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Is A Human Worth Less To The Government Than A Dog?

It is okay if Prime Minister Robert Golob attends a consultation for a better future for animals; we agree that all animals deserve to be treated humanely. What is worrying are his priorities, especially when we realise that the daily cost of taking care of one animal in a shelter is higher than a day’s cost of a farmer’s pension.

“The cost of caring for a dog in a shelter in Ljubljana costs the state between 15 euros and 21 euros per day (according to an article in the Dnevnik newspaper on the 31st of January 2023). A farmer’s pension costs the state 380 euros a month, or 12 euros a day,” wrote political analyst Tomaž Štih on Facebook. We also checked the shelter costs ourselves and found this to be true, which is worrying, as last year, the lowest recorded ordinary pension was just 280 euros a month, which is less than 10 euros per day. This is not only sad, but also shameful.

Before the pension payments for January, which were made on the last day of January, the Pension and Disability insurance Institute of Slovenia had reminded us that the amounts of pensions would be lower again. In fact, pensions and disability allowances were 4.5 percent higher than usual in November and December, on the basis of the law on emergency measures to increase pensioners’ incomes, but this was not an adjustment of pensions, the Institute explained. Many pensioners who received their pension payment on the last day of January were not only surprised by the amount of their pension, but they will also be surprised to learn that the state gives more for a dog’s daily care than for their own.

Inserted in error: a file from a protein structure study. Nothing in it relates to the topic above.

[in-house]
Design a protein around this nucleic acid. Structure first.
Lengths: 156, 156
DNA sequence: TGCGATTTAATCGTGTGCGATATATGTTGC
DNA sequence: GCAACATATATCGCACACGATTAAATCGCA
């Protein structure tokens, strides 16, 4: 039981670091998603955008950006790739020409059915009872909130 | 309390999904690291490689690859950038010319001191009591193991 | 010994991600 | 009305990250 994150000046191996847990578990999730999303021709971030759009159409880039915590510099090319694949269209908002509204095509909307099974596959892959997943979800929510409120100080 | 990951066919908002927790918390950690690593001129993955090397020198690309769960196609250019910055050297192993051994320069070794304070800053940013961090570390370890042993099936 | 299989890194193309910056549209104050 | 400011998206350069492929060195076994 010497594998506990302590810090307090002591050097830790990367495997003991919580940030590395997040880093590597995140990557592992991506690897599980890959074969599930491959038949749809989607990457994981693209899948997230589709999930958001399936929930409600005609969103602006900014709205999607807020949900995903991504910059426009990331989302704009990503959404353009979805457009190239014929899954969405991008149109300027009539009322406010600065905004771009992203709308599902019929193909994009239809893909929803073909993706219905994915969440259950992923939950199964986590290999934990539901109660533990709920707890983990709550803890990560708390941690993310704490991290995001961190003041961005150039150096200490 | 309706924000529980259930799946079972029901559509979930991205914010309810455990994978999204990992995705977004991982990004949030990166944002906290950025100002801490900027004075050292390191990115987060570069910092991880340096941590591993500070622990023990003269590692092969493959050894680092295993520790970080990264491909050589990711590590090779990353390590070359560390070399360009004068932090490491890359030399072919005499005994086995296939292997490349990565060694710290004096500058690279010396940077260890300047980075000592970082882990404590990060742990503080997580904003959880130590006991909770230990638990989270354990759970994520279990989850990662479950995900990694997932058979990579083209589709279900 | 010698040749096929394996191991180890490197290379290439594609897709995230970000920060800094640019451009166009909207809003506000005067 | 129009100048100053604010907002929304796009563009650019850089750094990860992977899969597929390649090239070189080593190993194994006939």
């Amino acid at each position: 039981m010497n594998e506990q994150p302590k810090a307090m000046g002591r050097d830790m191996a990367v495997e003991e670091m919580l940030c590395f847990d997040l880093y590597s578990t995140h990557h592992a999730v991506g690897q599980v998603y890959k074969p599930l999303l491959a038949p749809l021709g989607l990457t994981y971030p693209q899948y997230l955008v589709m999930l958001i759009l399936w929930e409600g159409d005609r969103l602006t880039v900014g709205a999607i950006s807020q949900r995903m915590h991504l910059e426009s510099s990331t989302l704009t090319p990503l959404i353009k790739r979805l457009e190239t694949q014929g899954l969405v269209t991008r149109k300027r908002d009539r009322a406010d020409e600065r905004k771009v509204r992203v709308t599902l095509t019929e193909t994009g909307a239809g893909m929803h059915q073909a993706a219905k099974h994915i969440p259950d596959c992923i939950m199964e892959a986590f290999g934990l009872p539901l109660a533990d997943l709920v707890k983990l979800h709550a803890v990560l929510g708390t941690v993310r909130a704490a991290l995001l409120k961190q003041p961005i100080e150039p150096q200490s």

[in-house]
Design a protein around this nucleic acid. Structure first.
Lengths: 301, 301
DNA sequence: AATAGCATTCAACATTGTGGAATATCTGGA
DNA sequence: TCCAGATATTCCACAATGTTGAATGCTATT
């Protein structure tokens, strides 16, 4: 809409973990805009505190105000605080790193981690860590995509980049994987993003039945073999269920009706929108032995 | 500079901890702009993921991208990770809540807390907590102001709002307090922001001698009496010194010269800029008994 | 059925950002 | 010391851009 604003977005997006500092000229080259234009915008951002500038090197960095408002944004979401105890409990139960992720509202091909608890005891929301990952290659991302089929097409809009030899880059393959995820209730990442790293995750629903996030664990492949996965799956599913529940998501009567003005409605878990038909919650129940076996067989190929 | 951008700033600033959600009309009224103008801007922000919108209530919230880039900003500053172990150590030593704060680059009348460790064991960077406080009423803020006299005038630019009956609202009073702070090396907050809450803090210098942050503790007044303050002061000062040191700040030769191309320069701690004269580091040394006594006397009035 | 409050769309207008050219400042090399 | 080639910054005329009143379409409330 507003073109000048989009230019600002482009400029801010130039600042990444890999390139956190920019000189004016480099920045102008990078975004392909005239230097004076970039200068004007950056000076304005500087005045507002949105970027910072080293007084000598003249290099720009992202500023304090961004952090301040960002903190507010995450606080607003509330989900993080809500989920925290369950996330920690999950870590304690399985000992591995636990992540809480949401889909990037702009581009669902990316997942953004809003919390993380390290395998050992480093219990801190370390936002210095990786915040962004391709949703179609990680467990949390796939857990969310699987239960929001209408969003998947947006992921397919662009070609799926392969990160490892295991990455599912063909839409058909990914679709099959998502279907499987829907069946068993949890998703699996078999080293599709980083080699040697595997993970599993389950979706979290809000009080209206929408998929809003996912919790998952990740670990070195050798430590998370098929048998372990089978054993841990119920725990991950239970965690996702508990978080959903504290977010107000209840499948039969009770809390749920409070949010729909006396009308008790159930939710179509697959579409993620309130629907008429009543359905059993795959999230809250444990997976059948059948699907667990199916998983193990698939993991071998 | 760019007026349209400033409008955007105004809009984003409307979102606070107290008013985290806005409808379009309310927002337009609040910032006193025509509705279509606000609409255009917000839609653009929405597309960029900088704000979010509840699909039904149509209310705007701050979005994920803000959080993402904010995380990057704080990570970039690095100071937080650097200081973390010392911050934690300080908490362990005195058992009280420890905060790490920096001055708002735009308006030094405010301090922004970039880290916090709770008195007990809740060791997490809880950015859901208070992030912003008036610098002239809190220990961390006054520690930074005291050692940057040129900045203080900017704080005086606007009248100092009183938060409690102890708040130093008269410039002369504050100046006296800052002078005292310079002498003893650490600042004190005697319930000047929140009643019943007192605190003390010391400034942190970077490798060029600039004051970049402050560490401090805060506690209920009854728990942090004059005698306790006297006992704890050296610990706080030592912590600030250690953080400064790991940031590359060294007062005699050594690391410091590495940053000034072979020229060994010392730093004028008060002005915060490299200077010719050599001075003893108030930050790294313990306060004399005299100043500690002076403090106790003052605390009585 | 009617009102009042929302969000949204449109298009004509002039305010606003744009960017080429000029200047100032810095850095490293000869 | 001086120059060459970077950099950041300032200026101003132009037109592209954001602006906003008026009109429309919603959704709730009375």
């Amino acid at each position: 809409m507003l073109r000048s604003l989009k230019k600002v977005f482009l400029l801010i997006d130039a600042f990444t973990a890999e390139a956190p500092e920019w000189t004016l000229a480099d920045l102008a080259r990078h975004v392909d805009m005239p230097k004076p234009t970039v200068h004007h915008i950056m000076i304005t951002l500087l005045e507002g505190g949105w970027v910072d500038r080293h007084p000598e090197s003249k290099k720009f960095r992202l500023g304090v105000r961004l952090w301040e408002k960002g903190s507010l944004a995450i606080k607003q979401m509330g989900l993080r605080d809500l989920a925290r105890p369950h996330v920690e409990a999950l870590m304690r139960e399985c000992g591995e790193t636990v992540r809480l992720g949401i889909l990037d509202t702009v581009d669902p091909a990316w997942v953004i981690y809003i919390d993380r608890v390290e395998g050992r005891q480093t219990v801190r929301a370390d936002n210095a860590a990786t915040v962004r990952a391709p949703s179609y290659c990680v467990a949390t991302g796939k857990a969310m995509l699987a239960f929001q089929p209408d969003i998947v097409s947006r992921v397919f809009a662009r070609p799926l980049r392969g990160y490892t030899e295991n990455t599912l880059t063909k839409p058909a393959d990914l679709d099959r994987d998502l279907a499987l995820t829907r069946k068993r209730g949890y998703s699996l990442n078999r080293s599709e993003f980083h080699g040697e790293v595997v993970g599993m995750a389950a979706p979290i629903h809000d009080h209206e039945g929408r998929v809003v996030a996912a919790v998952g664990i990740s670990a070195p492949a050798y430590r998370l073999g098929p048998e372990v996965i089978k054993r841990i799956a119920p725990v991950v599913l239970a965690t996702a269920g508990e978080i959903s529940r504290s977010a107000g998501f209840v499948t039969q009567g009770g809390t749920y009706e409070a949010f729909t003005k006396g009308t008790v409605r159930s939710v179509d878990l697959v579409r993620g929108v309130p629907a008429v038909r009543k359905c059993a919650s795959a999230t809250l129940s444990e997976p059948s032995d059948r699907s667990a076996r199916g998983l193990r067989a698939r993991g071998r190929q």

According to the web portal, the lowest pension paid out last year was 280 euros, or 9.3 euros per day. According to the latest law on amendments and additions to the Pension and Disability Insurance Act (ZPIZ-2), the minimum pension of farmers insured for a smaller range of rights who have reached full pensionable age should be 405.64 euros, which is 13.5 euros per day. In contrast, the daily care fee for a small dog at the Ljubljana Animal Shelter costs 15.88 euros, and the fee for a larger dog is 21.18 euros.

It is not a problem that the Government cares about animals, but the problem arises with these figures. When people who have worked, toiled, and contributed to the state budget all their lives, are worth less than a dog in the end. And in addition, Golob has shown many times in the past that pensioners are not important to him, this is just one more indicator – in black and white.

Ana Horvat

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